I first heard this story through a Disney short film. I learned later in my life that Disney was not the most original man ever. In fact, he liked to let other people do the writing, and he simply illustrated with moving pictures. He did a wonderful adaptation of this short story about contentment and a hilarious misunderstanding.
Ferdinand the Bull is quiet, unassuming, and happy to just sit in the shade and smell the flowers. When an unfortunately timed bee-sting sends him to the Bull Fights in Madrid, we find that character rarely changes, even if incited. While the world vents their frustration at the Bull who will not fight, Ferdinand is perfectly happy to return to his pasture, his corktree, and his favorite pastime: contentedly smelling the flowers.
While Disney did a wonderful job of illustrating this story, Robert Lawson provided the obvious inspiration for Disney’s later footsteps. The drawings are both realistic, and cartoonish, in different ways. When Ferdinand is happy, and content, then the pictures seem romantically real. When people are involved, however, the world becomes slightly more cartoonish, though the drawings never stray too far from reality. These black and white drawings seem to jump out of the page for the reader, but never with any violence. Lawson instead seems to draw out the happiness that Ferdinand feels, and make that same contentment more easily touched and felt in the daily life of the reader.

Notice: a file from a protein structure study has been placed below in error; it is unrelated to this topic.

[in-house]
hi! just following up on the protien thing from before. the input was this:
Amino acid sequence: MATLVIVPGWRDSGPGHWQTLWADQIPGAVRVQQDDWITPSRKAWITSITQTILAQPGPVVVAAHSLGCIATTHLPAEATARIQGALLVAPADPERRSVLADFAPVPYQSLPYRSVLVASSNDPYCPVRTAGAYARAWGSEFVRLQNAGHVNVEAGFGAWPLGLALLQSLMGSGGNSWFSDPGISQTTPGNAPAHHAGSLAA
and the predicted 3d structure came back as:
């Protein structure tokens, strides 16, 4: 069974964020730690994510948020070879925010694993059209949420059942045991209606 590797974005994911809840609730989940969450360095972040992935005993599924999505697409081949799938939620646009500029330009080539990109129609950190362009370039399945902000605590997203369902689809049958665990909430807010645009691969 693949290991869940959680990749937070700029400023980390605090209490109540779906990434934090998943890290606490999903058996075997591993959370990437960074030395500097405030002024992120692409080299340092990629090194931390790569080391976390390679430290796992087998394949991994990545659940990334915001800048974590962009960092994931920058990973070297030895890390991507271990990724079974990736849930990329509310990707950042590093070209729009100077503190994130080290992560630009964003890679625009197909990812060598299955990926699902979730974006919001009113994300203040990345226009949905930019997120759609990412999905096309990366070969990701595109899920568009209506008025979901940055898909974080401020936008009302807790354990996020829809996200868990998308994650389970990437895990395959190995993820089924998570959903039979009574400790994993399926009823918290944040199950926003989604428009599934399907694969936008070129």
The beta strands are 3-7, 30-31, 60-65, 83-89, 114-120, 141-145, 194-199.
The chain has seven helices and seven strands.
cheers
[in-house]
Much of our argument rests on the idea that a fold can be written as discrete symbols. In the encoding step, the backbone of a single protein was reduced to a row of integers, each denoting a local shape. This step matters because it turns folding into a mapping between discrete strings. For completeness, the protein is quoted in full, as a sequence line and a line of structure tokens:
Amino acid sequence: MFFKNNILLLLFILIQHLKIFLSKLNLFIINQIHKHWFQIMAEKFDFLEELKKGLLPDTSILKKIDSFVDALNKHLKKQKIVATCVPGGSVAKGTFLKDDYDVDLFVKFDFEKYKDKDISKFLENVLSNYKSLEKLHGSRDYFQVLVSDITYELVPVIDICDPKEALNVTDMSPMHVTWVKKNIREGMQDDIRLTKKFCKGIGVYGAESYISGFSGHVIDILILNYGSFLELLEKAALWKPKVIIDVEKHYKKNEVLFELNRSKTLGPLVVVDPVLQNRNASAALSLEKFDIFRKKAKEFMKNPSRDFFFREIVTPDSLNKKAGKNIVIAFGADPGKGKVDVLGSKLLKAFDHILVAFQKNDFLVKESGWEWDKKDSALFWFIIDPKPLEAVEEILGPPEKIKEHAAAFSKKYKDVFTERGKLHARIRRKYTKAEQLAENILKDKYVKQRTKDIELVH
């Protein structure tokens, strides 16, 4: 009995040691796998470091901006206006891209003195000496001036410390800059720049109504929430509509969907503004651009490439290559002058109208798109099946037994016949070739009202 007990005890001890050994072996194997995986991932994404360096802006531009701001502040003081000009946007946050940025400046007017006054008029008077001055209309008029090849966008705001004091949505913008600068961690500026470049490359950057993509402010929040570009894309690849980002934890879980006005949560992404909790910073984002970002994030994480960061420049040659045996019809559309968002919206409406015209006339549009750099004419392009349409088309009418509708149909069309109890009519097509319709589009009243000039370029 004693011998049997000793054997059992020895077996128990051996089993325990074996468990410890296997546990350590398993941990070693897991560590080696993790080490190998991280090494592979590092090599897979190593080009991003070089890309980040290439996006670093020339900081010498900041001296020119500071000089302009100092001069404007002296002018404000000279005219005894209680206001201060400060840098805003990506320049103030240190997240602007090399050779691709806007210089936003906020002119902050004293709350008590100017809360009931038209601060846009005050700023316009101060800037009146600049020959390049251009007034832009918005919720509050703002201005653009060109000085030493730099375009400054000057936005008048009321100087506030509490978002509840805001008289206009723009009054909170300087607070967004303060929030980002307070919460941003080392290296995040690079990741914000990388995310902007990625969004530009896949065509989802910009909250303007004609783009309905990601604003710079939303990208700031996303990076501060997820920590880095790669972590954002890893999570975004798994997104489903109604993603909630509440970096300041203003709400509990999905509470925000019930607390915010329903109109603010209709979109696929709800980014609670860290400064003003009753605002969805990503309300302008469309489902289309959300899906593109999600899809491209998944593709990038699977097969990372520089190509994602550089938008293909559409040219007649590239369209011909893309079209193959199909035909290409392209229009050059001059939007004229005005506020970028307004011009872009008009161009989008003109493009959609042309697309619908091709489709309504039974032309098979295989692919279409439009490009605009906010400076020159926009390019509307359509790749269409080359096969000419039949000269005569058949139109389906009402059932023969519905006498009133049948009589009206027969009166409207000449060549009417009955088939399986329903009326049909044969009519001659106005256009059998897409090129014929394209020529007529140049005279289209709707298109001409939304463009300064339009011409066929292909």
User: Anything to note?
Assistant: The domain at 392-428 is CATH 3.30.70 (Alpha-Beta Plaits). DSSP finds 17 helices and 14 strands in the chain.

The language is also very endearing and humourous. While the bulls do butt their horns, it’s only in play. The Matador really does want to poke the bull last of all with his sword, but the intentions are humorously outwitted by their own misunderstanding of Ferdinand. In all, the language is very good for beginning readers, who will also be able to keep track of the story simply through the pictures. This books matches illustrations with language to a delightful tale that is just as irresistible to the reader as it was for Disney.